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n. pl. ter·ri·to·ri·al·i·ties
1. The status of a territory.
2. A behavior pattern in animals consisting of the occupation and defense of a territory.
American Heritage® Dictionary of the English Language, Fifth Edition. Copyright © 2016 by Houghton Mifflin Harcourt Publishing Company. Published by Houghton Mifflin Harcourt Publishing Company. All rights reserved.


1. (Government, Politics & Diplomacy) the state or rank of being a territory
2. (Zoology) the behaviour shown by an animal when establishing and defending its territory
Collins English Dictionary – Complete and Unabridged, 12th Edition 2014 © HarperCollins Publishers 1991, 1994, 1998, 2000, 2003, 2006, 2007, 2009, 2011, 2014


(ˌtɛr ɪˌtɔr iˈæl ɪ ti, -ˌtoʊr-)

1. territorial quality, condition, or status.
2. the behavior of an animal in defining and defending its territory.
3. attachment to or protection of a territory or domain.
Random House Kernerman Webster's College Dictionary, © 2010 K Dictionaries Ltd. Copyright 2005, 1997, 1991 by Random House, Inc. All rights reserved.
ThesaurusAntonymsRelated WordsSynonymsLegend:
Noun1.territoriality - the behavior of a male animal that defines and defends its territory
behaviour, behavior - (psychology) the aggregate of the responses or reactions or movements made by an organism in any situation
Based on WordNet 3.0, Farlex clipart collection. © 2003-2012 Princeton University, Farlex Inc.


[ˌterɪˌtɔːrɪˈælɪtɪ] Nterritorialidad f
Collins Spanish Dictionary - Complete and Unabridged 8th Edition 2005 © William Collins Sons & Co. Ltd. 1971, 1988 © HarperCollins Publishers 1992, 1993, 1996, 1997, 2000, 2003, 2005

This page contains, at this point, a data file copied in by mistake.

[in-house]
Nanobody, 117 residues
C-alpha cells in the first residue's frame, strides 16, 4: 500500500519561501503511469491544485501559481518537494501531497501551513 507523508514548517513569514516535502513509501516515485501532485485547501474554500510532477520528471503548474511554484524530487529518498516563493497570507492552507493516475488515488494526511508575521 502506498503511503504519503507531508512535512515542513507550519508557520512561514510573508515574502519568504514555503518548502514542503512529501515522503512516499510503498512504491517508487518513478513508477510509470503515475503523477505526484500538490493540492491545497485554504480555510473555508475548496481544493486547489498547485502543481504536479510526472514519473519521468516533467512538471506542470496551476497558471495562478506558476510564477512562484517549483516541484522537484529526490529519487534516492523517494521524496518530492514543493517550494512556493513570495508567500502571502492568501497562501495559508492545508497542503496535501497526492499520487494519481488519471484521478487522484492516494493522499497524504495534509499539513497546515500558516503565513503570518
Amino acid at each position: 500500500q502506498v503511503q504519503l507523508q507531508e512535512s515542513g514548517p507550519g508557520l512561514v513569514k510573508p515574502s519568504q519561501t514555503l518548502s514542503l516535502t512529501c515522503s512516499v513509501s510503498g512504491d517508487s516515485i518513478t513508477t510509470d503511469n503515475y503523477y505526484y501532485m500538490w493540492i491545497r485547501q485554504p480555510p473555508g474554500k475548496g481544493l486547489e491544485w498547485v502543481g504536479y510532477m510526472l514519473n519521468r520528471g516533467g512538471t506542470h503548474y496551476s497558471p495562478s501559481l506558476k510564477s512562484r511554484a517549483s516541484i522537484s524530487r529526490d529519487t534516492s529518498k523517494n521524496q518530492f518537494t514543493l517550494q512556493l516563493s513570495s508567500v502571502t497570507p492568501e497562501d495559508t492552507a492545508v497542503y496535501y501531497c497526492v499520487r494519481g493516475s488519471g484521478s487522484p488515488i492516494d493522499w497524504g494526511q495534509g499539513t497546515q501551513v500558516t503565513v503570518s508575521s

References in periodicals archive ?
Formalization processes thus have political aspects and may also lead to 'unexpected territorialities' (Gautier and Hautdidier 2012).
He covers a geographical description of island locations at the Strait of Hormuz, the history of the evolution of state and territoriality in the Persian Gulf, the British colonial re-arrangement of territorialities in the Persian Gulf, colonial arguments for Emirates' ownership of the islands, return of the two Tunbs to Iran and restoration of her sovereignty in Abu Musa, Abu Dhabi launches claims on the three islands, claims on Iranian islands as an instrument of building a United Arab Emirates Arab identity, and correspondence on building international awareness of the legal and historical status of the islands.
I suggest there are two reasons for the lack of attention to activist territorialities. Firstly, much research on territoriality has understood it in narrow terms, broadly in line with Sack's (1986, page 5) seminal definition as "a powerful geographic strategy to control people and things by controlling area".